A liposome is an artificial vesicle consisting of a double, concentric, folded phospholipid layer. Phospholipids are amphiphilic lipids, so they contain a polar group (hydrophilic head) and an apolar group (lipophilic tail). Liposomes should not be confused with micelles. Micelles consist of a single lipid layer in the form of a sphere and contain surfactants such as an emulsifying agent.
Almost 60 years
The first liposome was made in 1965. The main property of a liposome is that it can contain anything from a drug to genetic material to protect that substance right where it is supposed to work. Proteins can even be inserted into that structure. We then speak of proteoliposomes.
In pharmacology, liposomes are often several nanometers in size, but they can be larger and can contain cancer drugs, for example. Doxorubicin was the first liposomal cancer drug, in that form it is less cardiotoxic. The space in the vesicle depends on the size and type of liposome. For example, we can distinguish multi- and unilamellar, small, large and giant liposomes, which can contain one or more vesicles. For example, a multilamellar liposome can slowly release a drug every time a phospholipid layer ruptures.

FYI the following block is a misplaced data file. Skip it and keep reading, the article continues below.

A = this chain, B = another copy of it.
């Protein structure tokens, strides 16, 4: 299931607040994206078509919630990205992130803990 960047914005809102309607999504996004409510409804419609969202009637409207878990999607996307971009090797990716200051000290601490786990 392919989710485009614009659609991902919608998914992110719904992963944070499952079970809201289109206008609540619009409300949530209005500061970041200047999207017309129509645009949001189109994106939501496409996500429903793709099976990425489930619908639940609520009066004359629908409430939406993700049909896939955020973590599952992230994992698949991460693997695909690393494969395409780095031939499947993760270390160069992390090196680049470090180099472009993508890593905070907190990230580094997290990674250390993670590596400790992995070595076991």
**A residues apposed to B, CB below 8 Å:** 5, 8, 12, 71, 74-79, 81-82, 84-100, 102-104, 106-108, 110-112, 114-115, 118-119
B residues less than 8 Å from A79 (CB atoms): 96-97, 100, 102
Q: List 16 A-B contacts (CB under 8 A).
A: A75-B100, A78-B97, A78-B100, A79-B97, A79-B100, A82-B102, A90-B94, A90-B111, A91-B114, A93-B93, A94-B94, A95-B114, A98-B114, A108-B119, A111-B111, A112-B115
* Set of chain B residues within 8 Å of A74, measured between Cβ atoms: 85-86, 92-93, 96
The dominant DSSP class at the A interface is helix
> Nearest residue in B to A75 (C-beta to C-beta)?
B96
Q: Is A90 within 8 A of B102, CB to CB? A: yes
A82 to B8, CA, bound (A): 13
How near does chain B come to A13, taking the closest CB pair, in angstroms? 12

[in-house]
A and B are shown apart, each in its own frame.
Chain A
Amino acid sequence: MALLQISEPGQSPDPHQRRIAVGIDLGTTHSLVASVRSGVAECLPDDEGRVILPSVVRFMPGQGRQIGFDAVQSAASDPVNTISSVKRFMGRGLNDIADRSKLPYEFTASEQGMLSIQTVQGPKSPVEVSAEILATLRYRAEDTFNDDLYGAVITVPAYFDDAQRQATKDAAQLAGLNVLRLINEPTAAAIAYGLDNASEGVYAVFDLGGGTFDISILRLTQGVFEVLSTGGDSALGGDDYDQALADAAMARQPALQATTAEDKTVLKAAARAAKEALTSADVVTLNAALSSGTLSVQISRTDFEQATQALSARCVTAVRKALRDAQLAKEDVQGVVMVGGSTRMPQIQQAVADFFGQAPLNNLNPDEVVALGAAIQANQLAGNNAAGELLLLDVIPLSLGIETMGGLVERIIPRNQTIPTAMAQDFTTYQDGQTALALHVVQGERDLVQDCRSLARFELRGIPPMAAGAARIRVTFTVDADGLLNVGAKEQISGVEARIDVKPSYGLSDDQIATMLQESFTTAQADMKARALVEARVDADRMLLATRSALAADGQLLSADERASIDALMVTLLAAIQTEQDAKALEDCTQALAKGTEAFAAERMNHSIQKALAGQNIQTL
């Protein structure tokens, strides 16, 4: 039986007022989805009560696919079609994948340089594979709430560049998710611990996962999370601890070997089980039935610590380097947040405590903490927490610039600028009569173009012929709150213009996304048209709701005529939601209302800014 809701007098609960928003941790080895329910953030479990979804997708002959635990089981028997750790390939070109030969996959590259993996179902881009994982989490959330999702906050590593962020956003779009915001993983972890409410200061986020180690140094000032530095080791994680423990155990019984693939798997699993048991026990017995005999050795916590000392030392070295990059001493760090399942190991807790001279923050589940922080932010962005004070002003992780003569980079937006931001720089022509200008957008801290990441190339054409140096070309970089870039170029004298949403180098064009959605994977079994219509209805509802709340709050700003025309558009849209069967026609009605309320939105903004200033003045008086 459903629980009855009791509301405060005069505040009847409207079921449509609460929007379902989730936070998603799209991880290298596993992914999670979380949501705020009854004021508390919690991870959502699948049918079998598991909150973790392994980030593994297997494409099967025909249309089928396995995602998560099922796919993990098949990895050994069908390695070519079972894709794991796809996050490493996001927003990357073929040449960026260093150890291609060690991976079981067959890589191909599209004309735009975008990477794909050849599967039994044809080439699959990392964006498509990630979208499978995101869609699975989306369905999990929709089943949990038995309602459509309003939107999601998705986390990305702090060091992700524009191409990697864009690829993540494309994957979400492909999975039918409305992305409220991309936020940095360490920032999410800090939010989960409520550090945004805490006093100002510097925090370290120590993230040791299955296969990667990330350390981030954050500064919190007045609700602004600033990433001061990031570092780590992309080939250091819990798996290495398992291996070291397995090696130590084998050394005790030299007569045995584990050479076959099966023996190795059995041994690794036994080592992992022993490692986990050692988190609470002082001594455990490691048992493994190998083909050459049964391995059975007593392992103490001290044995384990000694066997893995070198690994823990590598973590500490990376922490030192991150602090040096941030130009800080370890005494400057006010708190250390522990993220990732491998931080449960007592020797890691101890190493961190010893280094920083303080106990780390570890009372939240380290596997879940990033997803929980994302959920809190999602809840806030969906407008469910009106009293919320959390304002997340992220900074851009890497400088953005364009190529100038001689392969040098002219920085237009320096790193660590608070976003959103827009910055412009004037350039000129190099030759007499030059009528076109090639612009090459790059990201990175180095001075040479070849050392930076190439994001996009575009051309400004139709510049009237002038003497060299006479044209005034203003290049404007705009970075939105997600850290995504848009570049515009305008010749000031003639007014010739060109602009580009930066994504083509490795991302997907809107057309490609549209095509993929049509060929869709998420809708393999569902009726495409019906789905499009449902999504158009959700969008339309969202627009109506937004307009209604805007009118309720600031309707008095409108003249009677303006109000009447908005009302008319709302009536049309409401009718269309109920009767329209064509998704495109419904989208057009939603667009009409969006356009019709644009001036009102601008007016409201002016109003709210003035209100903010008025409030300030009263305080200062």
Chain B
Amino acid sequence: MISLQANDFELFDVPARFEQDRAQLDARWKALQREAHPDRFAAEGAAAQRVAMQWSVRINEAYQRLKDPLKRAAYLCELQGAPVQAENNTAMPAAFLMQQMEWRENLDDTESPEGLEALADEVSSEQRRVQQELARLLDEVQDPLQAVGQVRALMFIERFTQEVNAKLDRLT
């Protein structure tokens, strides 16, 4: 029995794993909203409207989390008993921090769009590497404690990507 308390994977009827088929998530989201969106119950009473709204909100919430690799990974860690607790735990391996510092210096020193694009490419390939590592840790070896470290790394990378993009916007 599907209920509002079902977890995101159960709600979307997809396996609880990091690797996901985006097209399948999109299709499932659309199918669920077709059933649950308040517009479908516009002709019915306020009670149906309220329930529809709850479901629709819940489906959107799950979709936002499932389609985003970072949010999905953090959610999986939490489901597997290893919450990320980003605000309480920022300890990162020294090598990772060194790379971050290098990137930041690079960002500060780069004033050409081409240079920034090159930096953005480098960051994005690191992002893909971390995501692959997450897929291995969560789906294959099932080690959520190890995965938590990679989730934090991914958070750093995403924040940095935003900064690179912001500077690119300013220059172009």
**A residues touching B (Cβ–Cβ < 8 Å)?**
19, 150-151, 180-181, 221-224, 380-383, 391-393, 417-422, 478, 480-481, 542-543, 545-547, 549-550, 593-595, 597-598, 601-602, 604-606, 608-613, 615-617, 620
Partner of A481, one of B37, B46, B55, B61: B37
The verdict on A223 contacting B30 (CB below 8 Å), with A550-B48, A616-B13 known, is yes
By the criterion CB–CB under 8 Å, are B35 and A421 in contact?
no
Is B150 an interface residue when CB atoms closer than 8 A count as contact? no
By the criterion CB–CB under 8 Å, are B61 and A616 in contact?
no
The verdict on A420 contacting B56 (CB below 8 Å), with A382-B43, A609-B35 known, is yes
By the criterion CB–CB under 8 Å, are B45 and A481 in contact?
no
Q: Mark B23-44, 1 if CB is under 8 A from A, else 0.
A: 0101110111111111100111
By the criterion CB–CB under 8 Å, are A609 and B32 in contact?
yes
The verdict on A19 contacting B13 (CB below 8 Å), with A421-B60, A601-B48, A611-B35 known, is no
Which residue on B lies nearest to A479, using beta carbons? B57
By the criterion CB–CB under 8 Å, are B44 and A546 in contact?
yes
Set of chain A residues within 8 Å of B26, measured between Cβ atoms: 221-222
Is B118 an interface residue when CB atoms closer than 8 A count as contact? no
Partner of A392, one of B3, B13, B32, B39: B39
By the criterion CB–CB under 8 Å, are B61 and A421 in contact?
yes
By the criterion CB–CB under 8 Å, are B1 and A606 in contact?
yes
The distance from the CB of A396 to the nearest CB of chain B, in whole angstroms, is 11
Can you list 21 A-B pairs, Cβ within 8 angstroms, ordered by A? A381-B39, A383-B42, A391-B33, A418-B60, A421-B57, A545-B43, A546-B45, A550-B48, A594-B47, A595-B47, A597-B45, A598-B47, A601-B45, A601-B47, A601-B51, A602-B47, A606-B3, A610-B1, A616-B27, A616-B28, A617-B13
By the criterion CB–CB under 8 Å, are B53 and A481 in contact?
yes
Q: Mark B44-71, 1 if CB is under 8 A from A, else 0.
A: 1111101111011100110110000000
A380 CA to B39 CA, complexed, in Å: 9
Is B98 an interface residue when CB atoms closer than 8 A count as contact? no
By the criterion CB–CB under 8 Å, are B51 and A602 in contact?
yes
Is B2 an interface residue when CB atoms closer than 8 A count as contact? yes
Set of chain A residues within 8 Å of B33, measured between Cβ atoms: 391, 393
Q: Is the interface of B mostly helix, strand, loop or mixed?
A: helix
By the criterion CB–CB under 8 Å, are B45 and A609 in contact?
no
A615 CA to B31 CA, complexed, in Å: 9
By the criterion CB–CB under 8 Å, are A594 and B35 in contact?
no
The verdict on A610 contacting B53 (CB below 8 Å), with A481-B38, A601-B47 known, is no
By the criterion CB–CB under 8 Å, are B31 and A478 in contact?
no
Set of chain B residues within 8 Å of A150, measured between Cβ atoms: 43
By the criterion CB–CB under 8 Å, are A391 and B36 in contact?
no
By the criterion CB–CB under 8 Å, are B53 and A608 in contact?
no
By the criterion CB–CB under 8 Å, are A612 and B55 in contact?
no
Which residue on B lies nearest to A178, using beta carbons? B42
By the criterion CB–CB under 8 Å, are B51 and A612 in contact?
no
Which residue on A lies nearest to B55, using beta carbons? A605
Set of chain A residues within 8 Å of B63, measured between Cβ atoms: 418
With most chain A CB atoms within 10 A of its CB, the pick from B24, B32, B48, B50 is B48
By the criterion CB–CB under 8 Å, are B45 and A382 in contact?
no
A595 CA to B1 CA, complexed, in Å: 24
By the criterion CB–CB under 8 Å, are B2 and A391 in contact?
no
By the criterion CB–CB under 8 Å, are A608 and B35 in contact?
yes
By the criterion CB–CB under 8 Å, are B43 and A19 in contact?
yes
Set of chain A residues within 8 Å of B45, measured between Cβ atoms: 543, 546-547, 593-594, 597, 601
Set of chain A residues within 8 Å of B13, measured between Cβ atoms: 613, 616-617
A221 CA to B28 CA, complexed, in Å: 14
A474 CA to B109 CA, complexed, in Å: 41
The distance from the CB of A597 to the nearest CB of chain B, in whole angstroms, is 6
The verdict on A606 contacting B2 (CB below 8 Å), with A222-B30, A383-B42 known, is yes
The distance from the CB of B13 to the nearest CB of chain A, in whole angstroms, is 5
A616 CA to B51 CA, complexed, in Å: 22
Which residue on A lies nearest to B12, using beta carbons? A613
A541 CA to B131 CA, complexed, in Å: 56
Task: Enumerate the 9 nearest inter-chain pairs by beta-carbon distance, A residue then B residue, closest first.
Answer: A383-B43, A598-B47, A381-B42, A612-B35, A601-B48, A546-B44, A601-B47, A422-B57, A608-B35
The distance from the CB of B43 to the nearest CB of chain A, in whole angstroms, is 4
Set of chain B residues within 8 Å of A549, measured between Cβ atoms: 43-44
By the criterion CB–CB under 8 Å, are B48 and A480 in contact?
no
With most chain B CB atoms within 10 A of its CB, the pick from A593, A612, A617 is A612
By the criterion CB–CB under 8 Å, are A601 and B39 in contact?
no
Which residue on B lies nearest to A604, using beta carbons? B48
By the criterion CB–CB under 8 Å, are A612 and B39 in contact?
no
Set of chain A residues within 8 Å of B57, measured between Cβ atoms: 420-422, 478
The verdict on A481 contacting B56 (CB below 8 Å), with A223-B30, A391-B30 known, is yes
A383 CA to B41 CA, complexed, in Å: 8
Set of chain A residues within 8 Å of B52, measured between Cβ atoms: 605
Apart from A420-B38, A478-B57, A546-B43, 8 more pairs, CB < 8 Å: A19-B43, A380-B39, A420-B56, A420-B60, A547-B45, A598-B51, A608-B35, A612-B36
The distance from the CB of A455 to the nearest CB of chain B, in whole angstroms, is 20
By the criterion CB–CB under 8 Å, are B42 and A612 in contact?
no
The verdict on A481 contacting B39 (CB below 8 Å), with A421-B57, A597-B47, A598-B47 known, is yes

The first generation liposomes mimic only the cell membrane. Such liposomes allow the drug to be integrated directly into the cell. The second generation liposomes contain polyethylene glycol chains (PEG): the process of pegylation, which is used in certain drugs. This stabilizes the liposome, so that it continues to circulate in the bloodstream for longer, and moreover, a targeted treatment can be achieved. The third generation is even more specific and combines stabilization and true targeting through specific antibodies.
More focused, more concentrated
This double lipid layer also protects the substance against external degradation and also transports lipophilic substances, while the hydrophilic substances settle in the center of the liposome. This is especially important for the most sensitive substances, such as vitamins. For example, vitamin C, a water-soluble vitamin, can be put into a liposome so that it is released into the bloodstream only after absorption in the gastrointestinal tract. Other preparations also contain trace elements, which are then better absorbed. In addition to those water-soluble substances, this also applies to fat-soluble vitamins and other nutritional supplements.
Liposomes are also used in cosmetics. Since they mimic the double lipid layer of the cells, it makes sense that liposomes will fuse more easily with the membrane of the skin cells. Liposomes provide a higher concentration of active substance in the stratum corneum, so that it can penetrate better and/or last longer.
Liposomes represent a real revolution in galenics, whatever their application, which is reinvented almost every year with the development of new production methods for even more effective products. It is not for nothing that some people spoke of ‘magic bullets’ in the beginning.